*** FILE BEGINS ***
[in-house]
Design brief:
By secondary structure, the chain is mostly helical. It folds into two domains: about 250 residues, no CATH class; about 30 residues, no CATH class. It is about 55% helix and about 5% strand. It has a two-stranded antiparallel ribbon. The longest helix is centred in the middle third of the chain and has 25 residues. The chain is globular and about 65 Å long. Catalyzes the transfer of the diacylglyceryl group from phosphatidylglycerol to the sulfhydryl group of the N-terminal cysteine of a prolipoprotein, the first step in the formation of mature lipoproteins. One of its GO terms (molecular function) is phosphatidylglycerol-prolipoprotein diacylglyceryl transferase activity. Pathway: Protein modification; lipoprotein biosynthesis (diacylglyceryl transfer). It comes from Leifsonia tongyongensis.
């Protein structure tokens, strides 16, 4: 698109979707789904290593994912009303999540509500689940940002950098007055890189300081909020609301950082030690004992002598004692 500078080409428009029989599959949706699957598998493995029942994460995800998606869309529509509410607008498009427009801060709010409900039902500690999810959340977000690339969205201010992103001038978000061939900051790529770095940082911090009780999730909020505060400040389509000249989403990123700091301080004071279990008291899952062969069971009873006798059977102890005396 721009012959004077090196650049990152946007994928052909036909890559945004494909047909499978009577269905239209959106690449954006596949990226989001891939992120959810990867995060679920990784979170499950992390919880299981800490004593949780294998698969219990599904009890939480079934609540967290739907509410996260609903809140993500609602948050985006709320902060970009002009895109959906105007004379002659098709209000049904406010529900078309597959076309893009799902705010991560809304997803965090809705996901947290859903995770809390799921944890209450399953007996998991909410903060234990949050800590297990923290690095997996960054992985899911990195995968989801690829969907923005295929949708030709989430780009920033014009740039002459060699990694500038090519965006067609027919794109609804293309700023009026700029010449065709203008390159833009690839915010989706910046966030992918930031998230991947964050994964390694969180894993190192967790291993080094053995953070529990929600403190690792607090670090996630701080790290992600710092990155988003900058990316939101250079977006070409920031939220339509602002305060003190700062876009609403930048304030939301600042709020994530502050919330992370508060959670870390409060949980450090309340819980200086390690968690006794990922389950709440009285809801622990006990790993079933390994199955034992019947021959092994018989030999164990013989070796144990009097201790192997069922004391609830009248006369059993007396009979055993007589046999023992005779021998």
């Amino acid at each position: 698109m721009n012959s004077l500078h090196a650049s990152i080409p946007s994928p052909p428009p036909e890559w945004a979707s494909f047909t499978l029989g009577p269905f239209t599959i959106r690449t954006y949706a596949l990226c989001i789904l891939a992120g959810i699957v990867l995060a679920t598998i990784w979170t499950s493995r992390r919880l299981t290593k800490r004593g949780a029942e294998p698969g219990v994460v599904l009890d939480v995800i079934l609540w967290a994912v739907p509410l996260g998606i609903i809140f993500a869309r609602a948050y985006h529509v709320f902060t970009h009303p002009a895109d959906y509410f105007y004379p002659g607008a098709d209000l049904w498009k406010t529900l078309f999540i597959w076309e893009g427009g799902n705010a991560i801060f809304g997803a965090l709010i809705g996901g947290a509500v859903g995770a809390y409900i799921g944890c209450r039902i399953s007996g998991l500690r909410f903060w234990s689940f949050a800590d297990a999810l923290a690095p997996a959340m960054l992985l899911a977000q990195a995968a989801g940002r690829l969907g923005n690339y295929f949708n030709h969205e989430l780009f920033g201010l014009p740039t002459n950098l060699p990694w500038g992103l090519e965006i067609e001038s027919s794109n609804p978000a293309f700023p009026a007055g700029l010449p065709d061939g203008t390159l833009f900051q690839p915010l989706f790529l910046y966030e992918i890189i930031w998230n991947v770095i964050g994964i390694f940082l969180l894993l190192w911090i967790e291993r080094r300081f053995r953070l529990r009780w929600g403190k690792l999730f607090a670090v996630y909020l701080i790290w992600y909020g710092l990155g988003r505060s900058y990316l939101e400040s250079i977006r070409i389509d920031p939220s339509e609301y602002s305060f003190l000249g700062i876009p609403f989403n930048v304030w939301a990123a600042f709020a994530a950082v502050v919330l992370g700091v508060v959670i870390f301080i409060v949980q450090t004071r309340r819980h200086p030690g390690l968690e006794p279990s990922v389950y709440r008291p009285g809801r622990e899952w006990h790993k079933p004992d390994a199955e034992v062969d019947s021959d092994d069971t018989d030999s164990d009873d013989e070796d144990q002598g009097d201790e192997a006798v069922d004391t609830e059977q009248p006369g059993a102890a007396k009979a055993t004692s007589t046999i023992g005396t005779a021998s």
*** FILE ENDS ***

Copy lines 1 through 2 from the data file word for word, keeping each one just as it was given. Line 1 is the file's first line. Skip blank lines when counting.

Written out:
[in-house]
Design brief: